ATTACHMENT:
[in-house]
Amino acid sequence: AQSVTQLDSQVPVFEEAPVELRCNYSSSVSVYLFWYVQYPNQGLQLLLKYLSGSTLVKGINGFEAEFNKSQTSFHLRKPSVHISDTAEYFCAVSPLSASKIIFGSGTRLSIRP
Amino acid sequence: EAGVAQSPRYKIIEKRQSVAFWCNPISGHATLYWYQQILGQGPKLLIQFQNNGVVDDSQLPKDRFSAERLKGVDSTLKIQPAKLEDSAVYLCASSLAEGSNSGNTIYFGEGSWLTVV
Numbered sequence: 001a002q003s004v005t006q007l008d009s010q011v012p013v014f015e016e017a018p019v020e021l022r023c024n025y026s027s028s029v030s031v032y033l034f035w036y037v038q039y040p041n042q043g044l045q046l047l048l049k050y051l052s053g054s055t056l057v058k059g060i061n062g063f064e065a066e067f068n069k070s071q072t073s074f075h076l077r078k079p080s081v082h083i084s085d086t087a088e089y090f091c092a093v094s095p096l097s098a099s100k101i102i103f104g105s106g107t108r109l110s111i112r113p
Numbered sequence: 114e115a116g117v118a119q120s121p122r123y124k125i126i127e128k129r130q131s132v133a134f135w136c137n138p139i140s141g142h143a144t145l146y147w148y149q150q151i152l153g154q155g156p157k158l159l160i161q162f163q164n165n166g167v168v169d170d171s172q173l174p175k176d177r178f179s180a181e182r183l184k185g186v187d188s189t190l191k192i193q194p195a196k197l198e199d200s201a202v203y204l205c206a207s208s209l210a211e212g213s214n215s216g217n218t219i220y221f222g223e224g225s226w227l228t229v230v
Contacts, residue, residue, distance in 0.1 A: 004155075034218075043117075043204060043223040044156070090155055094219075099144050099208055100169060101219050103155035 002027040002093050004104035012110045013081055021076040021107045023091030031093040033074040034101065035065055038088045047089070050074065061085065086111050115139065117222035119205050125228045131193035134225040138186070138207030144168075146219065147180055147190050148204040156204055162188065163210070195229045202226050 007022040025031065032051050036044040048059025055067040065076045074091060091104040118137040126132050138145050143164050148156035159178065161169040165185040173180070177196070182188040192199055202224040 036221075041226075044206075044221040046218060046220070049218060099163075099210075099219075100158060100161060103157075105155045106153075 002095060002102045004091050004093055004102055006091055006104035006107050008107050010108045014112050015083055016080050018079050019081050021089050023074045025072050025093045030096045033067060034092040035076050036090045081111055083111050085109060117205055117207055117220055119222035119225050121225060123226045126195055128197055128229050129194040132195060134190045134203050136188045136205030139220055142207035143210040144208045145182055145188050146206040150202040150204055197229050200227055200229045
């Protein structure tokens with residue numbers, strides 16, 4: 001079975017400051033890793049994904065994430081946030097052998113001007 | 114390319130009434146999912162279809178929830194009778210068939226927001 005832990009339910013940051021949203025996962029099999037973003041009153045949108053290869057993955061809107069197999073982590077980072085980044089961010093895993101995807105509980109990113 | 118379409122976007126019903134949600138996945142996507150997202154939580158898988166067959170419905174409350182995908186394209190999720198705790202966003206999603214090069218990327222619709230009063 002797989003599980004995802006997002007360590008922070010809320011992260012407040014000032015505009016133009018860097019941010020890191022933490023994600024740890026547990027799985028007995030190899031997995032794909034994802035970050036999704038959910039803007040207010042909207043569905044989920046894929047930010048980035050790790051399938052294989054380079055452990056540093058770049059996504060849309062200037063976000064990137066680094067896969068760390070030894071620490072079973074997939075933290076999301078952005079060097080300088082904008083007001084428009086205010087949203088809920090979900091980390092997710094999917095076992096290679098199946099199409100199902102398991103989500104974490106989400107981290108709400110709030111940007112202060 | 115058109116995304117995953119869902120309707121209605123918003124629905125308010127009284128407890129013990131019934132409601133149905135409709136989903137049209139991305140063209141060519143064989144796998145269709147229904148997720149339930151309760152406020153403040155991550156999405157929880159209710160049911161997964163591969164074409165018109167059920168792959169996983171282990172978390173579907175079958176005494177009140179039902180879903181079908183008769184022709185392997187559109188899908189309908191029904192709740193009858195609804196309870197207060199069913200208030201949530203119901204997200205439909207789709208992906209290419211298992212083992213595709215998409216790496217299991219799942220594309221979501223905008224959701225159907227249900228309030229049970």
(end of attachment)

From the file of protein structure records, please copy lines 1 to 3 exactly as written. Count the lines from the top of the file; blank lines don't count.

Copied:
[in-house]
Amino acid sequence: AQSVTQLDSQVPVFEEAPVELRCNYSSSVSVYLFWYVQYPNQGLQLLLKYLSGSTLVKGINGFEAEFNKSQTSFHLRKPSVHISDTAEYFCAVSPLSASKIIFGSGTRLSIRP
Amino acid sequence: EAGVAQSPRYKIIEKRQSVAFWCNPISGHATLYWYQQILGQGPKLLIQFQNNGVVDDSQLPKDRFSAERLKGVDSTLKIQPAKLEDSAVYLCASSLAEGSNSGNTIYFGEGSWLTVV